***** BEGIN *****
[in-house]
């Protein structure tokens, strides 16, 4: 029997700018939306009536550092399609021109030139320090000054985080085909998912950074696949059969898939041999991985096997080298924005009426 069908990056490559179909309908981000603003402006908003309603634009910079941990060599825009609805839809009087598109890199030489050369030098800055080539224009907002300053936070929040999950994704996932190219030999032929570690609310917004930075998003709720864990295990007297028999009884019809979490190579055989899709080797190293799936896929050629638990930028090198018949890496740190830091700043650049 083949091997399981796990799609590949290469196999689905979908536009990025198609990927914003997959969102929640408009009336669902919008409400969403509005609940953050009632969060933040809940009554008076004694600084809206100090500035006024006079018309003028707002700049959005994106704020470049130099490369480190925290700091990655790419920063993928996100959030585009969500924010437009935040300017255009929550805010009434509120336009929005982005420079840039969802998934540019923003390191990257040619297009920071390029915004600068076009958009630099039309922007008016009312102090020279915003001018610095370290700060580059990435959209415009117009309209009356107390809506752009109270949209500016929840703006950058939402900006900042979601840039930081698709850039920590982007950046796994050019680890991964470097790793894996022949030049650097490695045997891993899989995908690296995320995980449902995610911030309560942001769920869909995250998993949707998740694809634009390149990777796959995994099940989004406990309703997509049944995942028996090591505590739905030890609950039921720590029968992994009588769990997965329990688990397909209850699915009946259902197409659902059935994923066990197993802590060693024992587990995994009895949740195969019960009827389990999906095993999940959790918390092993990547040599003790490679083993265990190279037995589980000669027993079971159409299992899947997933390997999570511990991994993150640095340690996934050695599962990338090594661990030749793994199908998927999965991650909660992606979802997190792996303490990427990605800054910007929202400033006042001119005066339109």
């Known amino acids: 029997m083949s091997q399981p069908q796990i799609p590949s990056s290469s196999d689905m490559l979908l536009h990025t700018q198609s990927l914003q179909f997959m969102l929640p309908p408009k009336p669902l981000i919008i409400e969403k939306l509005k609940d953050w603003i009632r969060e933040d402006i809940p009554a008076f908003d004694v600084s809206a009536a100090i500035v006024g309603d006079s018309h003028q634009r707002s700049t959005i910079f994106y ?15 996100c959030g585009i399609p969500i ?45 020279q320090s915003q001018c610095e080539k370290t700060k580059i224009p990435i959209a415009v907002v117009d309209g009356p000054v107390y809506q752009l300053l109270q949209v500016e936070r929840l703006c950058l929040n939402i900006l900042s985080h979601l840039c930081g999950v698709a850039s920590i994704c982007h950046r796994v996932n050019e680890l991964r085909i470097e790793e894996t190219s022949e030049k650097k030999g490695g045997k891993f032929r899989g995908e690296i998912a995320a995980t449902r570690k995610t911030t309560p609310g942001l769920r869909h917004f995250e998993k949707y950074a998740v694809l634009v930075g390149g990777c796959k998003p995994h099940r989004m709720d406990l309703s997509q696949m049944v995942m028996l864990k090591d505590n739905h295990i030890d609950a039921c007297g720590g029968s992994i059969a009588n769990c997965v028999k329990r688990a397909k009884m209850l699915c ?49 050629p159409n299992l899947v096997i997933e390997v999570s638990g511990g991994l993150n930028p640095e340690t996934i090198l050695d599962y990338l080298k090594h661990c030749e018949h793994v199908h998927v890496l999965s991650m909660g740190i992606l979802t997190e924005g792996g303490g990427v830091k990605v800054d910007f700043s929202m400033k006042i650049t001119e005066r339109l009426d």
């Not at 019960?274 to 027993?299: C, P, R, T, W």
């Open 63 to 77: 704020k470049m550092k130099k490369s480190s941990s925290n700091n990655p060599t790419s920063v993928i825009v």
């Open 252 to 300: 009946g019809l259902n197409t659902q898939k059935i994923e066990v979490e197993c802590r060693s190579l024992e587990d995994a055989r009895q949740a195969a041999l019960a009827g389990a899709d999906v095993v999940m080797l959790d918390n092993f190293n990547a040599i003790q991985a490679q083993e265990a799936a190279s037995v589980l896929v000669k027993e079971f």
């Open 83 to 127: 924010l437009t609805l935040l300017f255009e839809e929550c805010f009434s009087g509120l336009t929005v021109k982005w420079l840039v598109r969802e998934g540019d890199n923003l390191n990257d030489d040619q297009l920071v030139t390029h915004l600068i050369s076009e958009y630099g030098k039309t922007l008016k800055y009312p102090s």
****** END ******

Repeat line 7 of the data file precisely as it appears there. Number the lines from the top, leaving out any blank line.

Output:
């Open 83 to 127: 924010l437009t609805l935040l300017f255009e839809e929550c805010f009434s009087g509120l336009t929005v021109k982005w420079l840039v598109r969802e998934g540019d890199n923003l390191n990257d030489d040619q297009l920071v030139t390029h915004l600068i050369s076009e958009y630099g030098k039309t922007l008016k800055y009312p102090s």